What is workplace related literacy vs. literacy?

The definition of literacy has changed over the past 50 years: in the 1930s and 1940s, literacy was considered to be simply the ability to read and write a message. More recent definitions have focused on the effective or critical applications of these skills.

Workplace literacy includes the reading, writing, speaking and listening, numeracy, critical thinking and problem solving skills people need at work. Sometimes it also includes using computers and 'learning to learn´ skills.

In the workplace, literacy does not mean reading books or writing essays like you did in school. Workplace literacy refers to real work demands based on the real documents people encounter on the job e.g. health and safety manuals, machine specifications, shift notes, quality records, tables and graphs, operator instructions, standard operating procedures and log books.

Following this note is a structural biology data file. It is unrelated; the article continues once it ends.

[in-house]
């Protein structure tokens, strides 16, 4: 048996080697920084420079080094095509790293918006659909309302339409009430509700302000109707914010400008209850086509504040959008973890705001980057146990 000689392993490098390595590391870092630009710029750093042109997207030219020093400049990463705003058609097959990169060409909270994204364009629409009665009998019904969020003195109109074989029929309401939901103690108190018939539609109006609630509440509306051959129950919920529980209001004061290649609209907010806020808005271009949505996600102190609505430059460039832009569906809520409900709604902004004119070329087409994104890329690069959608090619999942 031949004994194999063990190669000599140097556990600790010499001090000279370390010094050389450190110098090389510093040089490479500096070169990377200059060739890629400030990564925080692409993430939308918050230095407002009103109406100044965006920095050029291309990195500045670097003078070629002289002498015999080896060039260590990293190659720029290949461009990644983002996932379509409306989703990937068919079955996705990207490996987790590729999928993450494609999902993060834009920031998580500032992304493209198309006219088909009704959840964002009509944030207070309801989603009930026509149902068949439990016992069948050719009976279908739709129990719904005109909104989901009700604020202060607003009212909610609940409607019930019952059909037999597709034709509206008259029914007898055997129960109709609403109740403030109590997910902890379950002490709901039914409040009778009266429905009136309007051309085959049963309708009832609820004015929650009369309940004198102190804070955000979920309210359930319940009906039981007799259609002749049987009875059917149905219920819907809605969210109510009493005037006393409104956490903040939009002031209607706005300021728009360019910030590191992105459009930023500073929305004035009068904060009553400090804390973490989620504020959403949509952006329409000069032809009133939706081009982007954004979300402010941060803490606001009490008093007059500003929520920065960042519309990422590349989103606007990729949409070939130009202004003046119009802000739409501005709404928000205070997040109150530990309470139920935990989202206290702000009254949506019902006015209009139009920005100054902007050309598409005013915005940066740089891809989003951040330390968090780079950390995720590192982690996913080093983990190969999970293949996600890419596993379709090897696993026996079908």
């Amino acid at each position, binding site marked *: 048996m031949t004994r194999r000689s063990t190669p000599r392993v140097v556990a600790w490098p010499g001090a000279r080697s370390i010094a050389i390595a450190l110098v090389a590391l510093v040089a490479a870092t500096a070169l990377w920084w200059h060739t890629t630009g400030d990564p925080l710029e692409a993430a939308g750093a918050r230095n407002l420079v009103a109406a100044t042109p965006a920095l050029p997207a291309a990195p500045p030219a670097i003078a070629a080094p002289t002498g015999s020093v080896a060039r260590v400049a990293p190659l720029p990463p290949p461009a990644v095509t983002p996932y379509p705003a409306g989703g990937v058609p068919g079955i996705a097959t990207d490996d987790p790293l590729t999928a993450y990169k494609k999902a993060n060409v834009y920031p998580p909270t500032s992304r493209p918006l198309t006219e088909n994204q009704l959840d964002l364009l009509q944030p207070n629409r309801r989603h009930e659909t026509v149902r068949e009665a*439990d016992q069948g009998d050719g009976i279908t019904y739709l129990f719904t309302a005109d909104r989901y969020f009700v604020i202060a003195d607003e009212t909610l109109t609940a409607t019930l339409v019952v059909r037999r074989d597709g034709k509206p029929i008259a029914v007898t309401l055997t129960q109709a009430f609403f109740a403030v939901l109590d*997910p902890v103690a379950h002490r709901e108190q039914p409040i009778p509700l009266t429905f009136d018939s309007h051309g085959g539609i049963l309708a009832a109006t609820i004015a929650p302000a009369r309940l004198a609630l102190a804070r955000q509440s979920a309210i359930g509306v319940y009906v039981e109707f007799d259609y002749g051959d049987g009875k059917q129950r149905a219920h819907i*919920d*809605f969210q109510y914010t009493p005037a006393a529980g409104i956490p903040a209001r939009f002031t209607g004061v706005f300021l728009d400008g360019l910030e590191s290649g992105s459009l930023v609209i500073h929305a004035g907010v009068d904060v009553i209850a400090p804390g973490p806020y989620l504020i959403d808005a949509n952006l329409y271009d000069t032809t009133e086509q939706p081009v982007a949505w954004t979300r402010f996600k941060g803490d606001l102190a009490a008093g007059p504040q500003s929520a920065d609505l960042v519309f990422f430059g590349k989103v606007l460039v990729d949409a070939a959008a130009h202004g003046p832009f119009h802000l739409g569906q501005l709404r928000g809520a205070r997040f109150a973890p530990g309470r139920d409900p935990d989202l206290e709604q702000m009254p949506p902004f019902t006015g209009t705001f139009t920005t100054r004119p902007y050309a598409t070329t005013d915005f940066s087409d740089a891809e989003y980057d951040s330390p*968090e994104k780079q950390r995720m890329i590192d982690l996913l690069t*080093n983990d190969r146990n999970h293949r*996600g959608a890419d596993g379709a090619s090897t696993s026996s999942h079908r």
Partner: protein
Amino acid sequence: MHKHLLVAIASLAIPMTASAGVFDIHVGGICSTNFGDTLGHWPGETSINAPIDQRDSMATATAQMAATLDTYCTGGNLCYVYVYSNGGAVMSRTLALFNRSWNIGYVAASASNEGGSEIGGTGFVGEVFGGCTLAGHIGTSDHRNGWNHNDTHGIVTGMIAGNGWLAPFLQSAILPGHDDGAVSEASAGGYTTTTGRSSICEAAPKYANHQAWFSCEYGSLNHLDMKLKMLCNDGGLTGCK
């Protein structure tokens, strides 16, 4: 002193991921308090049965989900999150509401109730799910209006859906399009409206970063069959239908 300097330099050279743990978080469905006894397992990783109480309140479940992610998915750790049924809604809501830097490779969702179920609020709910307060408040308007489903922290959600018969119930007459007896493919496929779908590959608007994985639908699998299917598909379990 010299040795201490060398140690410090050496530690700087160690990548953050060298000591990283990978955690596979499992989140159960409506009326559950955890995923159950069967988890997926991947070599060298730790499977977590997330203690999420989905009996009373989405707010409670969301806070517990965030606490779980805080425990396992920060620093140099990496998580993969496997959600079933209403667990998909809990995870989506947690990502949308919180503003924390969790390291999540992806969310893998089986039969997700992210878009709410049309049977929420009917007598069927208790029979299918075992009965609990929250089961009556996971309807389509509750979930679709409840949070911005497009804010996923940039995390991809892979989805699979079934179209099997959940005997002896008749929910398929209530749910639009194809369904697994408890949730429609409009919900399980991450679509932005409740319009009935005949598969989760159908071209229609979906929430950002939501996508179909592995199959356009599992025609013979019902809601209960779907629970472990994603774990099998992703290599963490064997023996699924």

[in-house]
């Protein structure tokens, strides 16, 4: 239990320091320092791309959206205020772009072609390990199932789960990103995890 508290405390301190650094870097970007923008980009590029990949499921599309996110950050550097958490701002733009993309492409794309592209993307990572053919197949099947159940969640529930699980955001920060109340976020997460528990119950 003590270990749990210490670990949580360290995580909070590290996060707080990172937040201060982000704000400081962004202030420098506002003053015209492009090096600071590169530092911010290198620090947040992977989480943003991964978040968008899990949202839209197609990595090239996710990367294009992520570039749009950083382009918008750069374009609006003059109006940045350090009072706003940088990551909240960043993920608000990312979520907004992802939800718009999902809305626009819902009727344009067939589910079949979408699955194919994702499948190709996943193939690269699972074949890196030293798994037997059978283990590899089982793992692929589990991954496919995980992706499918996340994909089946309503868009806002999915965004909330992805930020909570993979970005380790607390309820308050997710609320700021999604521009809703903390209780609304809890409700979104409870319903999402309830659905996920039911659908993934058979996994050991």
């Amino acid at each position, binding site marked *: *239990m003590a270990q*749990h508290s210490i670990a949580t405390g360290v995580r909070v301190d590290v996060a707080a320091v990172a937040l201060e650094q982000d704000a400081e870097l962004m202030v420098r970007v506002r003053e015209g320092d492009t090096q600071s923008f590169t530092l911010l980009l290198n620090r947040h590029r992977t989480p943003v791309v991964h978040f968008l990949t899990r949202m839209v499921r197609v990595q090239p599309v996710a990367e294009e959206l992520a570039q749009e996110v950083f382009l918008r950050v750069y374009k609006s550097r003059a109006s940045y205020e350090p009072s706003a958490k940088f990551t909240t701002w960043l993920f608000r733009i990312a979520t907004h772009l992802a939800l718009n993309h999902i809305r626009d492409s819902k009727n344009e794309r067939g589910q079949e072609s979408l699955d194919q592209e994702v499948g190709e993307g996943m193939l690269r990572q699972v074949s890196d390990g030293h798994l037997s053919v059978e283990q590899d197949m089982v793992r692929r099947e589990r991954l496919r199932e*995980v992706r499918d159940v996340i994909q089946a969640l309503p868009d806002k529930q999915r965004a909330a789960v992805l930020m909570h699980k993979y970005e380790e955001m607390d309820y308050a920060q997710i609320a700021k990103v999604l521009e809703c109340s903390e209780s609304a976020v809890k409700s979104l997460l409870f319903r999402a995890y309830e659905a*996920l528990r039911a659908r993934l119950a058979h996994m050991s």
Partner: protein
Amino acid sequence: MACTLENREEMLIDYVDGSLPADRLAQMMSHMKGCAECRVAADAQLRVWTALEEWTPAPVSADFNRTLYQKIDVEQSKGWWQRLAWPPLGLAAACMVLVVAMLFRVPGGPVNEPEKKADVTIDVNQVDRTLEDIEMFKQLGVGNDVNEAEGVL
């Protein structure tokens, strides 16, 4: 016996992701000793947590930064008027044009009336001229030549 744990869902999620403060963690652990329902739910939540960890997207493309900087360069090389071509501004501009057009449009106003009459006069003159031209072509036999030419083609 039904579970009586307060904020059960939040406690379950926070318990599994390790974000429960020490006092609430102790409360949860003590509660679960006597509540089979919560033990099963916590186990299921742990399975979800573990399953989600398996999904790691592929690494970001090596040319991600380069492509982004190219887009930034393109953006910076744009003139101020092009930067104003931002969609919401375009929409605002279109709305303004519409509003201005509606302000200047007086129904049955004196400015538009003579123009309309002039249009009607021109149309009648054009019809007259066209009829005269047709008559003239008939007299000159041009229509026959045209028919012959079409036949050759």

Workplace literacy skills are often described separately but used together. For example, you need to combine reading, writing and calculation when you:

  • Listen to a team leader´s instructions about a change in an order
  • Read a job specification that has both text and numbers in a chart or tables
  • Talk about the information to a co-worker
  • Understand the underlying numeracy concepts such as weights and measures, tolerances or temperatures
  • Read data from a gauge or dial
  • Record the numerical results in writing.